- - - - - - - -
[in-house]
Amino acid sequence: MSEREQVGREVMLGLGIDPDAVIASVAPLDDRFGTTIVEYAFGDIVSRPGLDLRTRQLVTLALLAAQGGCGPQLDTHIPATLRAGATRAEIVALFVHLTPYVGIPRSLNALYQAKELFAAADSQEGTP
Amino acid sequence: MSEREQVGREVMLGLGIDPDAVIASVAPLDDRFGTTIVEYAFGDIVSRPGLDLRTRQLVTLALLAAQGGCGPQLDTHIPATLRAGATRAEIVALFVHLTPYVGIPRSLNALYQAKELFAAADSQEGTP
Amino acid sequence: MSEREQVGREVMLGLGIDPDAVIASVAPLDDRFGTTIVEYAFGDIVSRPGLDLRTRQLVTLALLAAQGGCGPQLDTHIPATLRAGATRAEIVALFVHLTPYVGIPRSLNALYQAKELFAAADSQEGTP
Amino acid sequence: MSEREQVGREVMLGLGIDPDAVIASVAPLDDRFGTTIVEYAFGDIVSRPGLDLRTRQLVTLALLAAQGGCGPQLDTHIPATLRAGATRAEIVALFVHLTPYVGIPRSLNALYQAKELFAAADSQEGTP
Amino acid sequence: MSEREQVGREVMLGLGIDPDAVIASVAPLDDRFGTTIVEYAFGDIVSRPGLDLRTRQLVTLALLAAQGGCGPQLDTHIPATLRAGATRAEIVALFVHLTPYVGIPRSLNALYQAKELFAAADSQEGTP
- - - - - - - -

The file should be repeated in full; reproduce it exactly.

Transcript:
[in-house]
Amino acid sequence: MSEREQVGREVMLGLGIDPDAVIASVAPLDDRFGTTIVEYAFGDIVSRPGLDLRTRQLVTLALLAAQGGCGPQLDTHIPATLRAGATRAEIVALFVHLTPYVGIPRSLNALYQAKELFAAADSQEGTP
Amino acid sequence: MSEREQVGREVMLGLGIDPDAVIASVAPLDDRFGTTIVEYAFGDIVSRPGLDLRTRQLVTLALLAAQGGCGPQLDTHIPATLRAGATRAEIVALFVHLTPYVGIPRSLNALYQAKELFAAADSQEGTP
Amino acid sequence: MSEREQVGREVMLGLGIDPDAVIASVAPLDDRFGTTIVEYAFGDIVSRPGLDLRTRQLVTLALLAAQGGCGPQLDTHIPATLRAGATRAEIVALFVHLTPYVGIPRSLNALYQAKELFAAADSQEGTP
Amino acid sequence: MSEREQVGREVMLGLGIDPDAVIASVAPLDDRFGTTIVEYAFGDIVSRPGLDLRTRQLVTLALLAAQGGCGPQLDTHIPATLRAGATRAEIVALFVHLTPYVGIPRSLNALYQAKELFAAADSQEGTP
Amino acid sequence: MSEREQVGREVMLGLGIDPDAVIASVAPLDDRFGTTIVEYAFGDIVSRPGLDLRTRQLVTLALLAAQGGCGPQLDTHIPATLRAGATRAEIVALFVHLTPYVGIPRSLNALYQAKELFAAADSQEGTP